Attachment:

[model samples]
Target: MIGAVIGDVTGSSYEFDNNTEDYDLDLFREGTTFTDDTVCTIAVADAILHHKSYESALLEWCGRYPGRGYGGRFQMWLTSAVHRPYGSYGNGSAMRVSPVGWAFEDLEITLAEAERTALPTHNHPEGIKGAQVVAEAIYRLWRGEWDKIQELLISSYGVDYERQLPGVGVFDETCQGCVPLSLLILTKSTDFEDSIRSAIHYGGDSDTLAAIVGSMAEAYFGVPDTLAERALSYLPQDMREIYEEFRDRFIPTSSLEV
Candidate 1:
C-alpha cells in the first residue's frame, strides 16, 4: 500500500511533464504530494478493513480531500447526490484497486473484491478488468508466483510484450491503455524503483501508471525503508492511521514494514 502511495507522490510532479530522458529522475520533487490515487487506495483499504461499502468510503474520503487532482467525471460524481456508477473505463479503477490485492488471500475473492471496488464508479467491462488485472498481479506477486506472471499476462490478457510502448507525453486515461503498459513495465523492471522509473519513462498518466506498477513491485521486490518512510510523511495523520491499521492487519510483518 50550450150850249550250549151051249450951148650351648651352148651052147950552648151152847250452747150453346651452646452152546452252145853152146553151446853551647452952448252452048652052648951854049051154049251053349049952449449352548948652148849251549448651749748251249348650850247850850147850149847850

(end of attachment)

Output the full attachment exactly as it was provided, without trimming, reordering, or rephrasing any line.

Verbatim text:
[model samples]
Target: MIGAVIGDVTGSSYEFDNNTEDYDLDLFREGTTFTDDTVCTIAVADAILHHKSYESALLEWCGRYPGRGYGGRFQMWLTSAVHRPYGSYGNGSAMRVSPVGWAFEDLEITLAEAERTALPTHNHPEGIKGAQVVAEAIYRLWRGEWDKIQELLISSYGVDYERQLPGVGVFDETCQGCVPLSLLILTKSTDFEDSIRSAIHYGGDSDTLAAIVGSMAEAYFGVPDTLAERALSYLPQDMREIYEEFRDRFIPTSSLEV
Candidate 1:
C-alpha cells in the first residue's frame, strides 16, 4: 500500500511533464504530494478493513480531500447526490484497486473484491478488468508466483510484450491503455524503483501508471525503508492511521514494514 502511495507522490510532479530522458529522475520533487490515487487506495483499504461499502468510503474520503487532482467525471460524481456508477473505463479503477490485492488471500475473492471496488464508479467491462488485472498481479506477486506472471499476462490478457510502448507525453486515461503498459513495465523492471522509473519513462498518466506498477513491485521486490518512510510523511495523520491499521492487519510483518 50550450150850249550250549151051249450951148650351648651352148651052147950552648151152847250452747150453346651452646452152546452252145853152146553151446853551647452952448252452048652052648951854049051154049251053349049952449449352548948652148849251549448651749748251249348650850247850850147850149847850